It’s not the behaviour, it’s the relationships

Lisa MillardFamily Relationships, News

I have worked as a social worker for many years and have met with hundreds of families going through all kinds of challenging times. Through my experience, I know that the behavioural challenges parents or carers contact us about always boil down to relationships.

At Beacon Family Services, we use a range of therapies and approaches to support children and parents to create and build better relationships with each other. These include:

  • Neurobiology which helps us to understand how the brain and the nervous system
  • Attachment theory which focuses on the bonds connecting children and parents
  • Child development theories which give an understanding of the capacity of the child within their environment

Many of the techniques we use are derived from Theraplay® and Dyadic Developmental Psychotherapy (DDP).

Developed over 50 years ago, Theraplay® has been recognised by the Association of Play Therapy as one of seven seminal psychotherapies for children . It “builds relationships from the inside out”. Theraplay®-based sessions include playful activities to create emotional, loving, rewarding and supportive connections between parent and child.

Dyadic Developmental Psychotherapy (DDP) was created by clinical psychologist, Dan Hughes. It helps families make deeper emotional connections with each other. This form of therapy is particularly helpful for adoptive families. Often, children who are adopted or fostered and have been let down by the adults who cared for them or had to leave adults who have cared for them well. DDP helps children who have lost trust in adults to develop and build positive relationships.

At Beacon, we find these approaches helpful for a number of reasons:

1. Our approach means we listen carefully to parents and involve them in our sessions

Because our therapy sessions are dyadic, or about two people, parents are part of our sessions with their children. It’s the concerning and worrying behaviours of their children that bring parents to therapy. Within every session we feel it’s essential to listen to families to truly understand how day-to-day feelings and behaviours are linked for a particular family. Listening to parents throughout and building a shared understanding ensures that changes move from our sessions into family homes.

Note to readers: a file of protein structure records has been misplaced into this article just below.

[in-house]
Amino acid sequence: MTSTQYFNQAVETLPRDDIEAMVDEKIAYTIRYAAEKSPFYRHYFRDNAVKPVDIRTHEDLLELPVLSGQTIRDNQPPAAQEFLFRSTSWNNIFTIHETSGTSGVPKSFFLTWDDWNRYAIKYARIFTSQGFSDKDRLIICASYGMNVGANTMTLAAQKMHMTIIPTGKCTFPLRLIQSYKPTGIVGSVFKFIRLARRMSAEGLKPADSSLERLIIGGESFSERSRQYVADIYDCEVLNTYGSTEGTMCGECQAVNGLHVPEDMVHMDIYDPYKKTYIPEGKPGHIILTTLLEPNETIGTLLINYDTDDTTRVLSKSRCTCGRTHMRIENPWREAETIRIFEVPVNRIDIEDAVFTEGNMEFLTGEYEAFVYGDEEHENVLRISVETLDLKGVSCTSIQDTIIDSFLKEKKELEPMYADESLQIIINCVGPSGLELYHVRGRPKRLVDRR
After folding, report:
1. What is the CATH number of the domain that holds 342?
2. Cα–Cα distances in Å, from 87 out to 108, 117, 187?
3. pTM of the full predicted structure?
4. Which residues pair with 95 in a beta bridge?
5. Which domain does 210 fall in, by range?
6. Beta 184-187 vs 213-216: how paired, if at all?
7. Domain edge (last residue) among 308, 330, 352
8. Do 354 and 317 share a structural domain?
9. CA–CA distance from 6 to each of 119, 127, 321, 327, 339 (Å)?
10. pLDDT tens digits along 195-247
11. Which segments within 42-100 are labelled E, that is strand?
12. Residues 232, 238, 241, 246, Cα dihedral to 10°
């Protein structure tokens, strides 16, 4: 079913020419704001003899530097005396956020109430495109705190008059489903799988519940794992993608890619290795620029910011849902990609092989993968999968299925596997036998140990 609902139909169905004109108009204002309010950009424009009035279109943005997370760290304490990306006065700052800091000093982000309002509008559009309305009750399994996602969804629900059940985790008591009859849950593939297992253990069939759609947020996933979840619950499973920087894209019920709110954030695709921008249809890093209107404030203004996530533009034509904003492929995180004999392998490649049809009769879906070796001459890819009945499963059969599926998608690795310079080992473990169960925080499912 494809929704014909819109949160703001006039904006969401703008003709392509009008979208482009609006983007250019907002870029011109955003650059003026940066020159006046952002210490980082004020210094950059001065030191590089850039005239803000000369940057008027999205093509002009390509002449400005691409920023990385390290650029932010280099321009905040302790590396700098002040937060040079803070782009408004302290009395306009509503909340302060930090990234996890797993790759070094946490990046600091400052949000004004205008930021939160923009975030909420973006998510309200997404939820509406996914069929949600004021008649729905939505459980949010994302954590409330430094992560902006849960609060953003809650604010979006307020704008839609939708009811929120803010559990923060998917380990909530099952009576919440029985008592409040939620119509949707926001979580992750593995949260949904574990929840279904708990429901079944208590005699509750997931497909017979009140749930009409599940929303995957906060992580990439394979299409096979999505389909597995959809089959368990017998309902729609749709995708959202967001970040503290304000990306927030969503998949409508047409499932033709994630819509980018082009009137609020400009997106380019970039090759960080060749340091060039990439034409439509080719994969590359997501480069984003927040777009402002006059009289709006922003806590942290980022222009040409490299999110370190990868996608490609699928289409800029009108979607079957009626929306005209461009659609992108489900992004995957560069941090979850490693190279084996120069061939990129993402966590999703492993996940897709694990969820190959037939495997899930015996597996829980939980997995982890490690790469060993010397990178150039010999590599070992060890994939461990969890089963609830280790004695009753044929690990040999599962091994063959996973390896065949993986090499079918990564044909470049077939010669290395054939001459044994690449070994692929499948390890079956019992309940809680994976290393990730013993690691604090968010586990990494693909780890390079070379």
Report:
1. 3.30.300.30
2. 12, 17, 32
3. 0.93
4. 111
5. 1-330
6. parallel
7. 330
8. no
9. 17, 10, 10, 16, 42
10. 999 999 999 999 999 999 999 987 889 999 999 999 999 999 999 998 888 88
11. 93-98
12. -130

2. We prioritise relationships, not behaviours

Attachment, is about a child’s emotional bonds and informs how they understand, trust and thrive in their world. Their behaviours are how they communicate their needs. By focussing on how we think the child is understanding their world, we work with families to strengthen relationships, leading to a change in behaviour. This can be very important if children have diagnoses or parents suspect these are necessary. 

3. We help families learn through play

Play is another way children communicate.  During playful interactions we can help them experience relationships as safe and supportive. This is central to experiencing joy and connection and it allows children’s and parents’ brains to respond to the potential of their relationships. 

4. There is no time limit

Every family is different and needs unique support. When families are offered a certain number of sessions, it can feel like failure if things haven’t changed in that time.  Working relationally means we are there for families as and when they need us. This means at that throughout a child’s life and development, families can return to therapy as necessary.

5. Our therapy sessions are strongly based on sound principles

Theraplay® focuses on four essential qualities found in healthy parent-child relationships — structure, engagement, nurture and challenge.

Structure organises a child and sets limits creating safety. Engagement lets a child experience being seen, heard, felt, and accepted by a parent. Nurture soothes and calms a child, allowing them to feel good about themselves. Challenge allows a child to develop new skills which helps develop confidence with the support of their parent.

Central to DDP is a way of thinking which deepens the emotional connections in our relationship with others referred to as PACE. Playfulness brings enjoyment to the relationship. Acceptance creates psychological safety.  Curious exploration within a relationship expresses a desire to know the other more deeply. Empathy communicates our curiosity and acceptance, as we recognise and respond to the other’s emotional experience.

At Beacon we are committed to building strong, healthy, resilient relationships which benefit children right through to adulthood.